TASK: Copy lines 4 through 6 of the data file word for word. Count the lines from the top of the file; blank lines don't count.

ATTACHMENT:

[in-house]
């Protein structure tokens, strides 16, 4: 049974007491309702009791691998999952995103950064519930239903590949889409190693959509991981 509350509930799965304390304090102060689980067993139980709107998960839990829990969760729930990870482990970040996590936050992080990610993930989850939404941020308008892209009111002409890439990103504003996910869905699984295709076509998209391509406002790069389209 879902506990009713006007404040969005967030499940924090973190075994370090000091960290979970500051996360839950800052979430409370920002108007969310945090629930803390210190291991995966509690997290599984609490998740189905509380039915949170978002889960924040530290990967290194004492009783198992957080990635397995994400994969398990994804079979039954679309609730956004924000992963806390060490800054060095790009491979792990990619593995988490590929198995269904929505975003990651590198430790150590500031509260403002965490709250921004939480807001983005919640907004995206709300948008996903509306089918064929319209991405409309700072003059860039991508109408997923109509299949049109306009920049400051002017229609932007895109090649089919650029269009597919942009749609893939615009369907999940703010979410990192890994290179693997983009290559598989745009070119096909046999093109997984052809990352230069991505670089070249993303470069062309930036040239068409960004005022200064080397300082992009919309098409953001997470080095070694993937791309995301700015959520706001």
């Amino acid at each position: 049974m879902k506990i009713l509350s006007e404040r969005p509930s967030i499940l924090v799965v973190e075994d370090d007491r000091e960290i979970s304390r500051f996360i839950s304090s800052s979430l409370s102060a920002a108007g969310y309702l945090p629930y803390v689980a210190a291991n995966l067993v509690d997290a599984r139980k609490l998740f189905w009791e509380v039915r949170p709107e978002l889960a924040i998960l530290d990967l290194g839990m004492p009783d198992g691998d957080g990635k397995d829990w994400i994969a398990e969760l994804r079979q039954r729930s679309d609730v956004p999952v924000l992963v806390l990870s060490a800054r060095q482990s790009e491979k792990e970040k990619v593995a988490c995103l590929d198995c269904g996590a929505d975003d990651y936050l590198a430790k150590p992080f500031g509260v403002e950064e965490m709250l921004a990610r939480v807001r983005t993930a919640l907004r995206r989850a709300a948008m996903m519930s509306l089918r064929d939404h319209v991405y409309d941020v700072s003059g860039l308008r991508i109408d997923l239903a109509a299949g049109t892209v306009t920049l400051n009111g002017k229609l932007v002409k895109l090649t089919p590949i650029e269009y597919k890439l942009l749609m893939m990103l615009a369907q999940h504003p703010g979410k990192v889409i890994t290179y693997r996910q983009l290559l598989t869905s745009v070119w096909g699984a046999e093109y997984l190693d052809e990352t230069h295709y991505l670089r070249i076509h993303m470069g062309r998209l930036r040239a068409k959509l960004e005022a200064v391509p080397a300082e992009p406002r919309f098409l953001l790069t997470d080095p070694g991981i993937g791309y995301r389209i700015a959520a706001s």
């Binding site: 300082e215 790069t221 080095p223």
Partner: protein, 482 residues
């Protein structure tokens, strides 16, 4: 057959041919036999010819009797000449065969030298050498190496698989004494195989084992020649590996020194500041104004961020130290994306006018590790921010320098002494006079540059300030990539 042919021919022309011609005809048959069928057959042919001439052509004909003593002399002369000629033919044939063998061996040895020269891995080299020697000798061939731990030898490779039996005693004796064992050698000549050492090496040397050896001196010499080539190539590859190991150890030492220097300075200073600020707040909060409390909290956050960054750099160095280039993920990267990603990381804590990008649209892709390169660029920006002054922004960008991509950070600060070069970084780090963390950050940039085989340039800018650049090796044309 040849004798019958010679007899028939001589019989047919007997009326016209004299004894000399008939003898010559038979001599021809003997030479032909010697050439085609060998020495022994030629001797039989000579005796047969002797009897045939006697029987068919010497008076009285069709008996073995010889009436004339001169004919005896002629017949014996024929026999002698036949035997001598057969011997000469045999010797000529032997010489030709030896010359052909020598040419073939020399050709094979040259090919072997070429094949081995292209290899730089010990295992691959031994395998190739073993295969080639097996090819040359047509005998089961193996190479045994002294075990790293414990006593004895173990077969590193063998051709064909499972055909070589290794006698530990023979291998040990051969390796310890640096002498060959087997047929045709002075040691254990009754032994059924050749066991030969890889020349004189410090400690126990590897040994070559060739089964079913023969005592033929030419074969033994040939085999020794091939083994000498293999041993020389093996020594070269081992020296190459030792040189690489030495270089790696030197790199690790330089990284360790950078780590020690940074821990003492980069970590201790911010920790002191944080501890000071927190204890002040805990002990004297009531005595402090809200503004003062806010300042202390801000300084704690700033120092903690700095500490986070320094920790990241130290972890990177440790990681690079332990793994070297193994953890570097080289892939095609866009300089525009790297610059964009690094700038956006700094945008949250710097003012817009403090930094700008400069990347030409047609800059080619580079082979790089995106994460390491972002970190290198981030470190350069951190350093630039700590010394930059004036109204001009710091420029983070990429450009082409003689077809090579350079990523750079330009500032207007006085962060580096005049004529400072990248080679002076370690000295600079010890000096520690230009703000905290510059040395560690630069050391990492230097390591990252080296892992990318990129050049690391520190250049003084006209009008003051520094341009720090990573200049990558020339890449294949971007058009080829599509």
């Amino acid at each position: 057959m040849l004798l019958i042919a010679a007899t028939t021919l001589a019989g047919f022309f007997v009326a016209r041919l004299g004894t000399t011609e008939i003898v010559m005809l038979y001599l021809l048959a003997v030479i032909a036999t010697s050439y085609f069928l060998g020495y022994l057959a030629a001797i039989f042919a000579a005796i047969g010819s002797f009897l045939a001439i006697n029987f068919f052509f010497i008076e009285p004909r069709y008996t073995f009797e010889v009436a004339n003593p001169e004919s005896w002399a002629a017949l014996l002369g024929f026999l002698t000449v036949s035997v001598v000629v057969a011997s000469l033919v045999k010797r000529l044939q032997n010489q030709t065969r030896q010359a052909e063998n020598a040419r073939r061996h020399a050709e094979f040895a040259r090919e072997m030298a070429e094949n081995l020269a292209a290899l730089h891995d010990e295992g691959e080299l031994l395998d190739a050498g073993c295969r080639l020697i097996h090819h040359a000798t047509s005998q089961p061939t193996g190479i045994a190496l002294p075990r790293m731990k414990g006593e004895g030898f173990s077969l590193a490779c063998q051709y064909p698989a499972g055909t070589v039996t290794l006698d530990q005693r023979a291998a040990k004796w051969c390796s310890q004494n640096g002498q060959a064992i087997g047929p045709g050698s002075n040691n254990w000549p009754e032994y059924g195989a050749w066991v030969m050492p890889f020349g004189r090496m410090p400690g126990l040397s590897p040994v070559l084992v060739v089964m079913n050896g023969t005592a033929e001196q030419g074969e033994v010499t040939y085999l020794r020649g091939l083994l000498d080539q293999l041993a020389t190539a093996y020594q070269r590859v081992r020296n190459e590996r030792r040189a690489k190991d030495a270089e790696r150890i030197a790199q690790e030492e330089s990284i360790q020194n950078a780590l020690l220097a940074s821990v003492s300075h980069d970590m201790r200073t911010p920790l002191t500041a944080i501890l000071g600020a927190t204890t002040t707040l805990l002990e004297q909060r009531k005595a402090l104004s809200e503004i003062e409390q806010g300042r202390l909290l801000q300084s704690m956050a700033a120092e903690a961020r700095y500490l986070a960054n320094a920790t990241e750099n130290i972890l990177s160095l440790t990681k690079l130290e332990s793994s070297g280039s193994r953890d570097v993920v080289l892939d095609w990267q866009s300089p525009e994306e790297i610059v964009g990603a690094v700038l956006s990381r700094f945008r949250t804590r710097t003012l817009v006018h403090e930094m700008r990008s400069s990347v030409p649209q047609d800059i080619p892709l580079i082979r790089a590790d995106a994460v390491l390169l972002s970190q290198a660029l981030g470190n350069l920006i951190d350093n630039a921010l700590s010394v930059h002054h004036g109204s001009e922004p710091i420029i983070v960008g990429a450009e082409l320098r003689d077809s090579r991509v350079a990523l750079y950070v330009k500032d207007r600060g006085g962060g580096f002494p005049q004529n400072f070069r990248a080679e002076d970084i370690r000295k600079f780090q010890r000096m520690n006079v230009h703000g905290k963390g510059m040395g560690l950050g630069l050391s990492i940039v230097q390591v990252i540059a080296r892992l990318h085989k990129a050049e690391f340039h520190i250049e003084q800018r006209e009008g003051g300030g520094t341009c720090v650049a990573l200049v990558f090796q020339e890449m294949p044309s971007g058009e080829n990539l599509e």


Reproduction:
């Binding site: 300082e215 790069t221 080095p223």
Partner: protein, 482 residues
């Protein structure tokens, strides 16, 4: 057959041919036999010819009797000449065969030298050498190496698989004494195989084992020649590996020194500041104004961020130290994306006018590790921010320098002494006079540059300030990539 042919021919022309011609005809048959069928057959042919001439052509004909003593002399002369000629033919044939063998061996040895020269891995080299020697000798061939731990030898490779039996005693004796064992050698000549050492090496040397050896001196010499080539190539590859190991150890030492220097300075200073600020707040909060409390909290956050960054750099160095280039993920990267990603990381804590990008649209892709390169660029920006002054922004960008991509950070600060070069970084780090963390950050940039085989340039800018650049090796044309 040849004798019958010679007899028939001589019989047919007997009326016209004299004894000399008939003898010559038979001599021809003997030479032909010697050439085609060998020495022994030629001797039989000579005796047969002797009897045939006697029987068919010497008076009285069709008996073995010889009436004339001169004919005896002629017949014996024929026999002698036949035997001598057969011997000469045999010797000529032997010489030709030896010359052909020598040419073939020399050709094979040259090919072997070429094949081995292209290899730089010990295992691959031994395998190739073993295969080639097996090819040359047509005998089961193996190479045994002294075990790293414990006593004895173990077969590193063998051709064909499972055909070589290794006698530990023979291998040990051969390796310890640096002498060959087997047929045709002075040691254990009754032994059924050749066991030969890889020349004189410090400690126990590897040994070559060739089964079913023969005592033929030419074969033994040939085999020794091939083994000498293999041993020389093996020594070269081992020296190459030792040189690489030495270089790696030197790199690790330089990284360790950078780590020690940074821990003492980069970590201790911010920790002191944080501890000071927190204890002040805990002990004297009531005595402090809200503004003062806010300042202390801000300084704690700033120092903690700095500490986070320094920790990241130290972890990177440790990681690079332990793994070297193994953890570097080289892939095609866009300089525009790297610059964009690094700038956006700094945008949250710097003012817009403090930094700008400069990347030409047609800059080619580079082979790089995106994460390491972002970190290198981030470190350069951190350093630039700590010394930059004036109204001009710091420029983070990429450009082409003689077809090579350079990523750079330009500032207007006085962060580096005049004529400072990248080679002076370690000295600079010890000096520690230009703000905290510059040395560690630069050391990492230097390591990252080296892992990318990129050049690391520190250049003084006209009008003051520094341009720090990573200049990558020339890449294949971007058009080829599509």